Gora Piggybacks on the Glorious, Messy Casualness of Ritwick Chakraborty
Director: Sayantan Ghosal
Writer: Sahana Dutta
Cast: Ritwick Chakraborty, Suhotra Mukhopadhyay, Ishaa Saha, Ananya Sen, Abhijit Guha
Streaming on: Hoichoi
Make no mistake. Gora is a poorly written, amateurish, half-baked show that uses its titular character's absentmindedness as an excuse for its own narrative incoherence. But it celebrates its leading man like no other film has done before. I am being generous when I say 'celebrate'. I should say 'exploit' for the way it depends on his talent for improvisation. I don't know whether to give them credit for it or to accuse them for being unable to come up with a script that does justice to it. But let's say Gora expects to get away with its shoddiness by having him in a role that needs him to freestyle for the most part as the eccentric, forgetful detective who, among other things, is very bad with remembering names. This means every time he will mess up the name of a character, you have to laugh. It's forced and manipulative but Chakraborty makes it work, as in when he calls a woman called Supriya, Suchitra Sen. I know. It's not funny. But he makes it work. That's what I'm trying to say.
Gora is to Ritwick what WAR was to Hrithik (except WAR was actually pretty good). Key to this comparison is the way he is styled, as a greying Bengali boho with a man bun who makes wearing floaters look cool and gives men with receding hairlines hope. The show managed to simultaneously make me feel bad (for having to sit through it) and good (about myself).
Chakraborty has always been about fine acting and this is the first time the camera is caught crushing on him. Thankfully, overt attempts of aestheticising him are offset by messy and weird antics like gurgling with a cup of tea or disrupting a session of gully cricket by attempting to bowl with a lighted cigarette in one hand and a ball in another, eventually dispatching the former at the kid batting. The inherent sarcasm present in the actor's DNA finds an outlet in the character's propensity to insult everyone around him, most of all his assistant, Sarathi, played nicely by Suhotra Mukhopadhyay. (Their contrasts are behavioural as well as visual – he is prim and proper, sporting side-parted hair and a compact moustache, along with glasses).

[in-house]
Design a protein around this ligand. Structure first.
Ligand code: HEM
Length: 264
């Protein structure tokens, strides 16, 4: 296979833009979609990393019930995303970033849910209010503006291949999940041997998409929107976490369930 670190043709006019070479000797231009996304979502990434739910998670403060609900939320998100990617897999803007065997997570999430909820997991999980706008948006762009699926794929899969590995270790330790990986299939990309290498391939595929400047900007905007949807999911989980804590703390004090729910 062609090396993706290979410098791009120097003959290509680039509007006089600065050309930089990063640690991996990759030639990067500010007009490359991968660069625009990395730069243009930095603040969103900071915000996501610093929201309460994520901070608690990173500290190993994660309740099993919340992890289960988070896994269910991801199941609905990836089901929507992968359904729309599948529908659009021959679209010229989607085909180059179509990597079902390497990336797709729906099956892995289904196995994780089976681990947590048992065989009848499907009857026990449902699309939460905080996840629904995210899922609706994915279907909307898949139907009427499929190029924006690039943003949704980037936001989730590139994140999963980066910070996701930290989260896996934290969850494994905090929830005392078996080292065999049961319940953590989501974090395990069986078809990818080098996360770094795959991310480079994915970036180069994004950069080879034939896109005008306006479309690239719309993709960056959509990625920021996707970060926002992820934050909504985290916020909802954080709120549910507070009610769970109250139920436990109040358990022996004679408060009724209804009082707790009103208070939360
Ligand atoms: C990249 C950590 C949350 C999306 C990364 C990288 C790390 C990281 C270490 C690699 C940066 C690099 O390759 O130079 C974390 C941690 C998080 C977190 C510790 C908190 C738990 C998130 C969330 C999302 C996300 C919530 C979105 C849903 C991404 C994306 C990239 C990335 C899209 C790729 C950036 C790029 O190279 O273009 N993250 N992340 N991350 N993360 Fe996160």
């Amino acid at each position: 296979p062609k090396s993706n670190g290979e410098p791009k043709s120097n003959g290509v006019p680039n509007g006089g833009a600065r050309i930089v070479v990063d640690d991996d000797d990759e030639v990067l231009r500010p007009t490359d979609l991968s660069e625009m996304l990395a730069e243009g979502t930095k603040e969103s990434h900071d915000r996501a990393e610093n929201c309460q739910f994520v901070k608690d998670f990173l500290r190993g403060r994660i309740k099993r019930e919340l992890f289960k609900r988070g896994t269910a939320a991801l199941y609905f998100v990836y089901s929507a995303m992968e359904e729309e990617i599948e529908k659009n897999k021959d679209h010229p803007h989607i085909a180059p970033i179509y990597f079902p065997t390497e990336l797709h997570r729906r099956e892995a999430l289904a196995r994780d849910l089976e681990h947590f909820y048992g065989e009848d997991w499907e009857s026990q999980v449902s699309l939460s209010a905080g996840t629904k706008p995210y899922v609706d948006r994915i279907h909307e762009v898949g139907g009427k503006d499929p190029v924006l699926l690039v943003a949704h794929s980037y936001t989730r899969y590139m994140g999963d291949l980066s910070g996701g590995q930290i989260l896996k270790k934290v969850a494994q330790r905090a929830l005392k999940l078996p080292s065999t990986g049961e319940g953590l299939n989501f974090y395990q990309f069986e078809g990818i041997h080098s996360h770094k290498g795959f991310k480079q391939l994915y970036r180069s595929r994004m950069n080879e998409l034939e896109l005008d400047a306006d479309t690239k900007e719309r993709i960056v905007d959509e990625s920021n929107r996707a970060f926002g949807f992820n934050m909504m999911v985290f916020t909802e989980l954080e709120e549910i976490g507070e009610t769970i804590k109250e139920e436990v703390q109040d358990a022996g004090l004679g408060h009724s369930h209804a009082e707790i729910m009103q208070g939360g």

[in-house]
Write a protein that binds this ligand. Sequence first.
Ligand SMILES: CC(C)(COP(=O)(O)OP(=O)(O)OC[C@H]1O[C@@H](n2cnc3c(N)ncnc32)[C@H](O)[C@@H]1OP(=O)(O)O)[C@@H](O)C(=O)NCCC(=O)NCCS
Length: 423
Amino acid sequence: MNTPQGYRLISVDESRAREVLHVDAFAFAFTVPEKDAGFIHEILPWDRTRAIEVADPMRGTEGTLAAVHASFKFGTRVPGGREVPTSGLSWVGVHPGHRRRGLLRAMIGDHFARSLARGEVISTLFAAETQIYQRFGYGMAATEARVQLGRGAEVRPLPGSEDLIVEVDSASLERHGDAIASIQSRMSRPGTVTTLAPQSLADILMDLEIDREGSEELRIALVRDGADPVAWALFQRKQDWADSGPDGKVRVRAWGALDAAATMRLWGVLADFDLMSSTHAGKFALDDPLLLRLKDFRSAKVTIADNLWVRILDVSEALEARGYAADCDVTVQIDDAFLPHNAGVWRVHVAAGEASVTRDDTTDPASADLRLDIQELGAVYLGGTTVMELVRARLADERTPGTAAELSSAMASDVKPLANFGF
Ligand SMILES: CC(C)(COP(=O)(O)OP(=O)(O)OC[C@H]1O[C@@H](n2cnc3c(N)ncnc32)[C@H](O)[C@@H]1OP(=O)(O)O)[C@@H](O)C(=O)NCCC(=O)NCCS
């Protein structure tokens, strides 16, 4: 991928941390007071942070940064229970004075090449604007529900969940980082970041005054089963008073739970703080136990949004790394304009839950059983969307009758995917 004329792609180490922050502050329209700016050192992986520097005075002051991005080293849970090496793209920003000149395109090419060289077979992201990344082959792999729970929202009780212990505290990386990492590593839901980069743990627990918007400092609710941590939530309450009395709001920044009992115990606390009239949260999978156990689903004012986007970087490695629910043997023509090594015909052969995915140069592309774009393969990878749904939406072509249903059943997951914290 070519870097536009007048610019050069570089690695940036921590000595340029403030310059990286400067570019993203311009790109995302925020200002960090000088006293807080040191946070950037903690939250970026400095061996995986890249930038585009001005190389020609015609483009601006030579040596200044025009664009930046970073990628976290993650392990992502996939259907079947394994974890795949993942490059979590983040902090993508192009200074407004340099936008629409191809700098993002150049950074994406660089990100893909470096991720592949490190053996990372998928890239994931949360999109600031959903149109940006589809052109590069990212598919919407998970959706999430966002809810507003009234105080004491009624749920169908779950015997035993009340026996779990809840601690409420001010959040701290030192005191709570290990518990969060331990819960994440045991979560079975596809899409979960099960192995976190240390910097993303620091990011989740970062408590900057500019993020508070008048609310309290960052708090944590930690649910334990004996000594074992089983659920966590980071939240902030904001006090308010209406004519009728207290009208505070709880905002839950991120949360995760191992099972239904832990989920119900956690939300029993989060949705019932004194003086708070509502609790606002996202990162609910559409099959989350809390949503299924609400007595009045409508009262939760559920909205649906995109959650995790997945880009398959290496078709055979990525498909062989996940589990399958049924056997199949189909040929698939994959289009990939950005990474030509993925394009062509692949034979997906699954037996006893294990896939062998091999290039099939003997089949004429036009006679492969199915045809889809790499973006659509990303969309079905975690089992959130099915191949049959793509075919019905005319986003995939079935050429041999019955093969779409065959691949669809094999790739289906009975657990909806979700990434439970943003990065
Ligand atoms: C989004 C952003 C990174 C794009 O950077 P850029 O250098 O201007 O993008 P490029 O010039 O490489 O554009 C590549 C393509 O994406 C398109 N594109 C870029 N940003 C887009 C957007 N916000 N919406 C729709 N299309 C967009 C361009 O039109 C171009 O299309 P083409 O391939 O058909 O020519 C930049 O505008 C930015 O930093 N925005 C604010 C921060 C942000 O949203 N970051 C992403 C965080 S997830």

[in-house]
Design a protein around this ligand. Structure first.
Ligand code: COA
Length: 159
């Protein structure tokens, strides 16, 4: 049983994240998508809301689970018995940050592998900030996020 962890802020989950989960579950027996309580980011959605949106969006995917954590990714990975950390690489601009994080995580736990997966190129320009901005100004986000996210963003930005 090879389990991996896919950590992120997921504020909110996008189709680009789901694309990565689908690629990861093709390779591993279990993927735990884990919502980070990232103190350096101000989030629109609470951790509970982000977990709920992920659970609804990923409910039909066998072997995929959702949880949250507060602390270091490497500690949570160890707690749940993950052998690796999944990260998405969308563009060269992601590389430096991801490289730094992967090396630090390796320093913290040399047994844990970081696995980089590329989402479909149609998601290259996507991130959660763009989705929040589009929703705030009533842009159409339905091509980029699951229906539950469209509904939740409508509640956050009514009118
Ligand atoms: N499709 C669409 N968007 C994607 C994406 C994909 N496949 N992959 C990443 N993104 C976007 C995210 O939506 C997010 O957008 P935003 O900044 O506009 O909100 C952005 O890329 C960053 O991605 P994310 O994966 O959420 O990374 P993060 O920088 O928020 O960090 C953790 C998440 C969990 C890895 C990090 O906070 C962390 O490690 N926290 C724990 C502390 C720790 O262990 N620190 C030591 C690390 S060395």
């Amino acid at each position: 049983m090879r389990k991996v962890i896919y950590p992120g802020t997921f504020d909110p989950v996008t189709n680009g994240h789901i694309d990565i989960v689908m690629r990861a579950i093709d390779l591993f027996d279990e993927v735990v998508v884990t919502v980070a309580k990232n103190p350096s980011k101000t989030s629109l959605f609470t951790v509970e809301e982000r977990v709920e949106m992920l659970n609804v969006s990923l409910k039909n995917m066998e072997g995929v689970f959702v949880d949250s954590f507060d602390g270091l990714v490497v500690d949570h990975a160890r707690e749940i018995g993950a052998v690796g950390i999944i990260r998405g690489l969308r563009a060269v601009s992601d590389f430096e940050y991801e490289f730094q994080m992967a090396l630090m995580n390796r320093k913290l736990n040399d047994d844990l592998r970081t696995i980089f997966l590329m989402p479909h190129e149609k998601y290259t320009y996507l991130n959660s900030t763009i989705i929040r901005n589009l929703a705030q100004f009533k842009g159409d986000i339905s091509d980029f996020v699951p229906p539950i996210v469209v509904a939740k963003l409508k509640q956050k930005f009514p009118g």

Which is not to say that this is one of Chakraborty's best performances – far from it. The actor has always represented the best of contemporary Bengali cinema by being a magnet for good scripts and directors. In those, he is always at the service of the script and the director, as it should be. Here, for the first time, it's the reverse, and it's not how it should be. And yet, it might be exactly what the doctor ordered. Chakraborty's body of work never yielded the kind of stardom he deserved in terms of box office numbers. On the contrary, I can see that people are liking Gora. (They deserve each other). Expect this to translate to numbers – OTT stardom awaits.